NEW YORK – JetBlue Airways Corp. (JBLU) on Thursday said third-quarter earnings plunged 71 percent, missing analysts' lowered estimates, as it struggled with skyrocketing fuel prices, storm disruptions and competition.
But JetBlue shares, which have lost more than half of their value after hitting an all-time high of $47.15 about a year ago, rose more than 6 percent in morning trading.
The low-cost carrier said net income fell to $8.4 million, or 8 cents per share, from $29 million, or 26 cents per share, a year earlier.
"The difference between the Street estimate and what they reported was entirely hurricane-effects," Calyon Securities analyst Ray Neidl said in an interview.
Last month, JetBlue warned that third-quarter earnings would not match previous estimates, saying it was being hurt by fuel prices, the spate of hurricanes that struck the Southeast and weak ticket prices.
Wall Street analysts responded by slashing their own estimates, bringing the mean expectation down to 10 cents a share from the previous average of 19 cents a share, according to Reuters Estimates. The revised views ranged from 8 cents to 12 cents per share.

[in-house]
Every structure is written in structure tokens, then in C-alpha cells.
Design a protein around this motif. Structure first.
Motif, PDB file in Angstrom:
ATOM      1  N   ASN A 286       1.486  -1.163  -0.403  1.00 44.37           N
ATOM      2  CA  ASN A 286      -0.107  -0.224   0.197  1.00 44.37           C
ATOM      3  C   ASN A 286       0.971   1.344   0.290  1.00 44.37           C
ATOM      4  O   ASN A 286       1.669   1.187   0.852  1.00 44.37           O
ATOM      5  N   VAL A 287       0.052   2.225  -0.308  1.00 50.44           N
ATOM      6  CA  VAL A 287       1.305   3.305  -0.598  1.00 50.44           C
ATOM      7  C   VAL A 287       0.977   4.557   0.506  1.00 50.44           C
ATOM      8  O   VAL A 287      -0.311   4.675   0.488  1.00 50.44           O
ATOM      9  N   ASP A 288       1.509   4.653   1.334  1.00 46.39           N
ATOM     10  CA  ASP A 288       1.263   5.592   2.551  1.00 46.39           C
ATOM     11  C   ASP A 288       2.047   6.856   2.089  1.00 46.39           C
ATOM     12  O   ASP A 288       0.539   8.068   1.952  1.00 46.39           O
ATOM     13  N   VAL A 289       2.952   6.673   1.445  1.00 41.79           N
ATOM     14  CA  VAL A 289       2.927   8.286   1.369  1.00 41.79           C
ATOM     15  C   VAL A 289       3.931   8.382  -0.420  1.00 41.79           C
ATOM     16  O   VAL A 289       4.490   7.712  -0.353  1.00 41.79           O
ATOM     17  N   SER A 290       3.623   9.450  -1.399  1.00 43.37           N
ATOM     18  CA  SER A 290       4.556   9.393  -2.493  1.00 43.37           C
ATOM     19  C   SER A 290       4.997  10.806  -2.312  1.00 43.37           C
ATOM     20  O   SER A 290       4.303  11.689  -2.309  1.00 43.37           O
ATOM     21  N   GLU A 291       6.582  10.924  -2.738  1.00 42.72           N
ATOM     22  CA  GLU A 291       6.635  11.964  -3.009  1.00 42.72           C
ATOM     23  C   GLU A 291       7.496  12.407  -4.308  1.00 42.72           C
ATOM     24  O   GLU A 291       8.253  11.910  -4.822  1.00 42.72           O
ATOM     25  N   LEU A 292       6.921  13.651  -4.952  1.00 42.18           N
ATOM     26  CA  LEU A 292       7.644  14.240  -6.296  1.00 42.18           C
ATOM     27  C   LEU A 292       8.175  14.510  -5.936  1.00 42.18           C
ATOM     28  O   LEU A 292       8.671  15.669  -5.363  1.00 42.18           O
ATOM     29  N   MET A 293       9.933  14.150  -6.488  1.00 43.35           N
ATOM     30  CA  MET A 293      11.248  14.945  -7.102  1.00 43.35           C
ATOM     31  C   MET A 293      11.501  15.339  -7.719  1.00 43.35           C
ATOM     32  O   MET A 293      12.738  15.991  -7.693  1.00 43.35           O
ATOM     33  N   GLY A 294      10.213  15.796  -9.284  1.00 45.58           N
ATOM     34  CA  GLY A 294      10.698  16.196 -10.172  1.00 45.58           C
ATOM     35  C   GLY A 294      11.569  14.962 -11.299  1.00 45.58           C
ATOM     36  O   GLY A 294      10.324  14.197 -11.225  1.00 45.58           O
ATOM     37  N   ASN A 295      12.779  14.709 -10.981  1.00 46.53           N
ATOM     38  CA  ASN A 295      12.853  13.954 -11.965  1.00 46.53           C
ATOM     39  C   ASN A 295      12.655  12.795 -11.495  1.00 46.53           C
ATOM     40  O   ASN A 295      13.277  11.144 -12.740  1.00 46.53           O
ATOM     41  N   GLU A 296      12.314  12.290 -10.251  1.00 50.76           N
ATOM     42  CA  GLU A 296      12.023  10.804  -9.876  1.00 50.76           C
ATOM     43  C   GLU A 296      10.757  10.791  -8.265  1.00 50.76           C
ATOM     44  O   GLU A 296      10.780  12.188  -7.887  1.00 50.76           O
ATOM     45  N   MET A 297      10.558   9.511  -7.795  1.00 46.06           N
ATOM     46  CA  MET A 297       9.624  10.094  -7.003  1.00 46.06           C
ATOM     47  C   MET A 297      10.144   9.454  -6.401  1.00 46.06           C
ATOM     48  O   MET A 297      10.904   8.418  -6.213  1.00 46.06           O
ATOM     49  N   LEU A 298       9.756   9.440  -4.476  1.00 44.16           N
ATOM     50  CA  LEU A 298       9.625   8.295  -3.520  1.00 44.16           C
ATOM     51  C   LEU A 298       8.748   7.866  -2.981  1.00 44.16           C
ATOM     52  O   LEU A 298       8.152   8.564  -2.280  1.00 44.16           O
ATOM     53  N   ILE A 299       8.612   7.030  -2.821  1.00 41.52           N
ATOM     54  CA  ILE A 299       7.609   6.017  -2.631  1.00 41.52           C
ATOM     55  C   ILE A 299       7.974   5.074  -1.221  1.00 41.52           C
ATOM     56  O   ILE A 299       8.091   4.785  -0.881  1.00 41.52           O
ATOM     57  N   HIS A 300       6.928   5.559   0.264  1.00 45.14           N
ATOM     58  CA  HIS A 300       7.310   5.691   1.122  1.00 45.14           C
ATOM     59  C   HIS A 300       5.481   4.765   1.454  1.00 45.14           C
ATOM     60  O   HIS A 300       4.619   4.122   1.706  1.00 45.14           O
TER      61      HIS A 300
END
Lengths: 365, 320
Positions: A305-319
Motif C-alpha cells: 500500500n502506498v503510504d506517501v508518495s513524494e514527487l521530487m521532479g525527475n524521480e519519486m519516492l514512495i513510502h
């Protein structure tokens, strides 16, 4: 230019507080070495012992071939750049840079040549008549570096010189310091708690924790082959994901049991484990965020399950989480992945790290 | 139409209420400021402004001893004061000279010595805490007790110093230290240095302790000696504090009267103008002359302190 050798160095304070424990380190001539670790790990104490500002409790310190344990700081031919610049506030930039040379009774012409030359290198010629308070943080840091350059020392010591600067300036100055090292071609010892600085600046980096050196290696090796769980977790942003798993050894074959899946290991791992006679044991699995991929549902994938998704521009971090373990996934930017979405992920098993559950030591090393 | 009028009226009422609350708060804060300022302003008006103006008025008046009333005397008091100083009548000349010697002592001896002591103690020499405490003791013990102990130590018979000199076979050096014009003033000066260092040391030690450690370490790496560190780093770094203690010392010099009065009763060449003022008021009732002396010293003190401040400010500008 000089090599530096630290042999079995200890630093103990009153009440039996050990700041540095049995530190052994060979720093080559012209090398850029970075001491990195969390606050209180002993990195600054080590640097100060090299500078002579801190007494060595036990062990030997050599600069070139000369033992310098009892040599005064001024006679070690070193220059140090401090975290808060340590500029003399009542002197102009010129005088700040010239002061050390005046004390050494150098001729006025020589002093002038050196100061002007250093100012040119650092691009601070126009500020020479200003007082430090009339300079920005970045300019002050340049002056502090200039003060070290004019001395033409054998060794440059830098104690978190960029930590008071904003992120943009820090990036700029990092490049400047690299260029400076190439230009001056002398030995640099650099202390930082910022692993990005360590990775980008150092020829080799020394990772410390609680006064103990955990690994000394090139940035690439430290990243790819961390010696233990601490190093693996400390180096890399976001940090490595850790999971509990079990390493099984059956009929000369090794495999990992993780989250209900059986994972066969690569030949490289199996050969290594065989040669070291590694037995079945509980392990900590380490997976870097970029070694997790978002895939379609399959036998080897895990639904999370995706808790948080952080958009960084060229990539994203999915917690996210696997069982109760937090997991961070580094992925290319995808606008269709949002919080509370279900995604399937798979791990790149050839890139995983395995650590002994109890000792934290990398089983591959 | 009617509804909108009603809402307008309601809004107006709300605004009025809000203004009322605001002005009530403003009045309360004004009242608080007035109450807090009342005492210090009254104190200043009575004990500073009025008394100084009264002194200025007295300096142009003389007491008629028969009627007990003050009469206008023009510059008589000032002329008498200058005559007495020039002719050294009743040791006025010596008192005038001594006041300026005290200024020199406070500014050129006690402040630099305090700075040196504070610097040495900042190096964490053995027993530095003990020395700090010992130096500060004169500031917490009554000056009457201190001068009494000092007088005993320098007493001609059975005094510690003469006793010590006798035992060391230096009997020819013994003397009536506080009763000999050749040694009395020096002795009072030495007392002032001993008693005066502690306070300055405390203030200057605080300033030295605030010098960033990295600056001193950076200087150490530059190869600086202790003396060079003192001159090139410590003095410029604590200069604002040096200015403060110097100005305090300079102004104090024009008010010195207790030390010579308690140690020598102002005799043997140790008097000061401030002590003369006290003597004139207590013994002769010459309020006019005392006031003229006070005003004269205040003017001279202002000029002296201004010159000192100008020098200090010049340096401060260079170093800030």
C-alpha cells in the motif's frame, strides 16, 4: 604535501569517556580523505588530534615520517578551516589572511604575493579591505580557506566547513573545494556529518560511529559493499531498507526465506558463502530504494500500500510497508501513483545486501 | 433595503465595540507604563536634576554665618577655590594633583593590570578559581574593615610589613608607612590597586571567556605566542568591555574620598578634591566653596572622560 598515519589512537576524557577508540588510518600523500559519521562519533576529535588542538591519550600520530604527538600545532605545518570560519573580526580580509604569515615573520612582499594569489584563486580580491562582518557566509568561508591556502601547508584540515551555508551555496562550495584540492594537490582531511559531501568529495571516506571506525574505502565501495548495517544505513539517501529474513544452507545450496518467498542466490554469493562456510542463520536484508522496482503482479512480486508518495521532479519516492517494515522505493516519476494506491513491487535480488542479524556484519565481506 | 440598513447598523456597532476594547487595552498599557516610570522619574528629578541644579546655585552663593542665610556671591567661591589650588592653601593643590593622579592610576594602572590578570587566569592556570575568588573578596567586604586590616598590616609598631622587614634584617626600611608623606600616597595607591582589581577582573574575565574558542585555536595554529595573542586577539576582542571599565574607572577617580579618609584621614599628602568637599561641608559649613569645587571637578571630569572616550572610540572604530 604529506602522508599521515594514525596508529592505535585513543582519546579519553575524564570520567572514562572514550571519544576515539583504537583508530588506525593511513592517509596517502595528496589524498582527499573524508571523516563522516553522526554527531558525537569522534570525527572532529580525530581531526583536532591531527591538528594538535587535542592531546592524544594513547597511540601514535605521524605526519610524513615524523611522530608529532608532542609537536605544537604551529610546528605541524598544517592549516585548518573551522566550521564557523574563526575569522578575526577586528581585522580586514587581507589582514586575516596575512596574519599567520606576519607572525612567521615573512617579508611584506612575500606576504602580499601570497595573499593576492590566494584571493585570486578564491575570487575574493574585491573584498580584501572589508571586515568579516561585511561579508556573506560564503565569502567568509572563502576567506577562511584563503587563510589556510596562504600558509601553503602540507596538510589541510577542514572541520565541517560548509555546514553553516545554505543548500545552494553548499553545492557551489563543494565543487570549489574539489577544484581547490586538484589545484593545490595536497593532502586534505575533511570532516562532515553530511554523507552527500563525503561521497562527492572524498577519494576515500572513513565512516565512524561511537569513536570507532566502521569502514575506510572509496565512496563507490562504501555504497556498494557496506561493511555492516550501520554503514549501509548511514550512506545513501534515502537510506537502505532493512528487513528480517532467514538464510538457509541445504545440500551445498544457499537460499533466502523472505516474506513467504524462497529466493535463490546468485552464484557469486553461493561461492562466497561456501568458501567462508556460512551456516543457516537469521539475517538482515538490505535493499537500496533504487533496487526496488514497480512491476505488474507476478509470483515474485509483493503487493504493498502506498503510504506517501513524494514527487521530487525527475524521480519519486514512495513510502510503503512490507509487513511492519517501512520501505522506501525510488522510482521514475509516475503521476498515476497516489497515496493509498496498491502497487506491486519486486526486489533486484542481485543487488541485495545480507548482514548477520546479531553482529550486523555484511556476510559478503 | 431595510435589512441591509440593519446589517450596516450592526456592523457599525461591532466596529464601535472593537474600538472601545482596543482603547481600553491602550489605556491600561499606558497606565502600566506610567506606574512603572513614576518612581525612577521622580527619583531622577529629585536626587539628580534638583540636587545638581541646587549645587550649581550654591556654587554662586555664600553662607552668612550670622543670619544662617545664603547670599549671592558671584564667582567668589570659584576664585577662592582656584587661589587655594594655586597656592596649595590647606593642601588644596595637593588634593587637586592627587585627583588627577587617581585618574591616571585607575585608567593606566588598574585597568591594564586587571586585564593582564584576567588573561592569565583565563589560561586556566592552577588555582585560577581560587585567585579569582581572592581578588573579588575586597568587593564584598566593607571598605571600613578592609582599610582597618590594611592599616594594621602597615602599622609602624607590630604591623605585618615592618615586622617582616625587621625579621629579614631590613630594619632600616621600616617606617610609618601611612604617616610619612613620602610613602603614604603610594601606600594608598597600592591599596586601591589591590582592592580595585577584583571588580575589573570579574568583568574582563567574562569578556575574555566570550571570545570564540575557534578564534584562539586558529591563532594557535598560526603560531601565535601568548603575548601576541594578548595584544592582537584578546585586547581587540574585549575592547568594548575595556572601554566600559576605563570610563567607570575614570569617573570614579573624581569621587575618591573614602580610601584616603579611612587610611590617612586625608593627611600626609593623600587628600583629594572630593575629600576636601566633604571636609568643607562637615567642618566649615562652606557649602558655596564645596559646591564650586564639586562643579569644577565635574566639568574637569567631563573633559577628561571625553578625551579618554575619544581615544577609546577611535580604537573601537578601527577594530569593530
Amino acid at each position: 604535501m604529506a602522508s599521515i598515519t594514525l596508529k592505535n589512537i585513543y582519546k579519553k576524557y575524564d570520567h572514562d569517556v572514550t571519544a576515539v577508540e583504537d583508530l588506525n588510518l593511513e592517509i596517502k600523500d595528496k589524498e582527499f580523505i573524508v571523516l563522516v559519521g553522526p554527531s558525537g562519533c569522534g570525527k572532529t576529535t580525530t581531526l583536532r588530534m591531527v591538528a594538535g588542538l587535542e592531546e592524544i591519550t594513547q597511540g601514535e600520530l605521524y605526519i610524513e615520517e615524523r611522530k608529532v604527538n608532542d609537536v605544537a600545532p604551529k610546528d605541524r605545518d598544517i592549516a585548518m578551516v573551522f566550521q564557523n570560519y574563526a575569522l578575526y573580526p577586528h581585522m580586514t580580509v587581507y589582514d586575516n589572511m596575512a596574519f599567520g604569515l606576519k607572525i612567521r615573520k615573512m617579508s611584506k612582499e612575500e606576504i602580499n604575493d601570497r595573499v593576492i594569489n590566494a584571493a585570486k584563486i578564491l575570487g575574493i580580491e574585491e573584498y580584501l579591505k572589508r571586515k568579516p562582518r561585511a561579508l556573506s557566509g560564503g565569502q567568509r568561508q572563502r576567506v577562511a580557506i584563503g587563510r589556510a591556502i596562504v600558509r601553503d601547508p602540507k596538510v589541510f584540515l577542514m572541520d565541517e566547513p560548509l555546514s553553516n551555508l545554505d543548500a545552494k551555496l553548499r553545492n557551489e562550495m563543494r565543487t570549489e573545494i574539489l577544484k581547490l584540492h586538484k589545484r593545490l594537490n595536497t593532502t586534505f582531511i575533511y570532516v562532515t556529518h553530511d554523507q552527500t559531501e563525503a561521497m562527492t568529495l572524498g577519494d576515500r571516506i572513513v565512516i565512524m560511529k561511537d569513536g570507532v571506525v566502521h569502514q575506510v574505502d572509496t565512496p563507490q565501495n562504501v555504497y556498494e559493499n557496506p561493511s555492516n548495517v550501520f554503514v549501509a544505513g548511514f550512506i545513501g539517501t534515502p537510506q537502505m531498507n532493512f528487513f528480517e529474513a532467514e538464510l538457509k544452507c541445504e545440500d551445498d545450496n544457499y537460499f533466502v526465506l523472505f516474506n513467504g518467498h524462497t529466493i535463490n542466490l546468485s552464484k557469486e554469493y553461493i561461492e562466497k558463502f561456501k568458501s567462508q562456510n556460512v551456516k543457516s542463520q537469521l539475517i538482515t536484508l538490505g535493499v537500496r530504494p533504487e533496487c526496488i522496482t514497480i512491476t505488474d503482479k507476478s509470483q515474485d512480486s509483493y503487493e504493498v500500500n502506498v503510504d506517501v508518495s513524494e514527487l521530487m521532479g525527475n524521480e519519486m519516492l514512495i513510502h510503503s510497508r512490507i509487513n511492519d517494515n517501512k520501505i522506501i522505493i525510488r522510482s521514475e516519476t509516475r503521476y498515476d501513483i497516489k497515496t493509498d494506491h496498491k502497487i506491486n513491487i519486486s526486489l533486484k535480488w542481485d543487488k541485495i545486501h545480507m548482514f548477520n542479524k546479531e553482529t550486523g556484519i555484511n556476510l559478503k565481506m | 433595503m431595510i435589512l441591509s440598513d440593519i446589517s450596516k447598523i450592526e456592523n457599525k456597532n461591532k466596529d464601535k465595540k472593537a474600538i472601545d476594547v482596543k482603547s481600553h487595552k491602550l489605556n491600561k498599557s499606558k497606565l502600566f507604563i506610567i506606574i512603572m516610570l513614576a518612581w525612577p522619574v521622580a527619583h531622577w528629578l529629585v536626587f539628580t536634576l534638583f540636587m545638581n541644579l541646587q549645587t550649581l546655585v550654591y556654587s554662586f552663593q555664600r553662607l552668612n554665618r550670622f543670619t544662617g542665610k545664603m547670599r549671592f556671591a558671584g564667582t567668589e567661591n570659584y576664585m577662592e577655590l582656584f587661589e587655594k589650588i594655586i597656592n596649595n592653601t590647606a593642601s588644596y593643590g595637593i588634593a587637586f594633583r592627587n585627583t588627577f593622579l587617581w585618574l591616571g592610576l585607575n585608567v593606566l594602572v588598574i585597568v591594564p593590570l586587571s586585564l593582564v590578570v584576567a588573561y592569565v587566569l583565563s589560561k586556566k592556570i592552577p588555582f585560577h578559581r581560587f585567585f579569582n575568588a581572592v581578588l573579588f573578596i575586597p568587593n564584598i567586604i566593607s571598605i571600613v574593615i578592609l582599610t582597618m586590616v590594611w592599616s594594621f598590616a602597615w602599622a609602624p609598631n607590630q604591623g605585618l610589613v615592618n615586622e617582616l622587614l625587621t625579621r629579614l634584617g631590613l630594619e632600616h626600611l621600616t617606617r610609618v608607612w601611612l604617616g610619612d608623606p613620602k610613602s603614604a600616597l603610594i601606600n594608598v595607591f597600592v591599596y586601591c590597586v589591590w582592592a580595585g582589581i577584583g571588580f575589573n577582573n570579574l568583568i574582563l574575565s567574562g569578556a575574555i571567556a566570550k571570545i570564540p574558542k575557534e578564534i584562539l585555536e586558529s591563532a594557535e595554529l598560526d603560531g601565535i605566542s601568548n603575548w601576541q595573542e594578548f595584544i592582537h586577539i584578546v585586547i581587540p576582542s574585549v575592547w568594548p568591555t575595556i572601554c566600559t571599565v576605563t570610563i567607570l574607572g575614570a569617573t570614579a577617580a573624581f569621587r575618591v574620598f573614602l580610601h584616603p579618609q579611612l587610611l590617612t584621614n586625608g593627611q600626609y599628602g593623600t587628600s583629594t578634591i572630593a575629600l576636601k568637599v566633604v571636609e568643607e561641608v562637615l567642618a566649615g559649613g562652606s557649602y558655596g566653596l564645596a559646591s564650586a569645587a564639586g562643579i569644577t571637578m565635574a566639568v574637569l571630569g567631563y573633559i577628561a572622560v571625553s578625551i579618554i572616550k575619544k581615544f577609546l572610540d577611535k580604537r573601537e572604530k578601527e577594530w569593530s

JetBlue's third-quarter report marks the second consecutive quarter it has missed Wall Street's estimates after a run during which it had beaten estimates every quarter since its debut as a public company in April 2002.
"They are under lot of pressure with high fuel prices," Neidl said. "They are also dealing with weak pricing, especially on transcontinental routes."
But that pressure should ease in the next few quarters as larger airlines cut capacity on those routes, Neidl said. American Airlines (AMR), the world's largest carrier, recently said it would cut capacity on some New York-California routes. Neidl said JetBlue would benefit from that move.
Revenue rose 18.1 percent to $323.2 million, but was shy of analysts' average forecast of $330.3 million.
"The combination of a continued weak pricing environment, record-high fuel prices and the impact of four major hurricanes in many of our southern markets made for a very challenging quarter," JetBlue Chairman and Chief Executive David Neeleman (search) said.
JetBlue shares were up $1.11, or 5 percent, at $23.55, on the Nasdaq.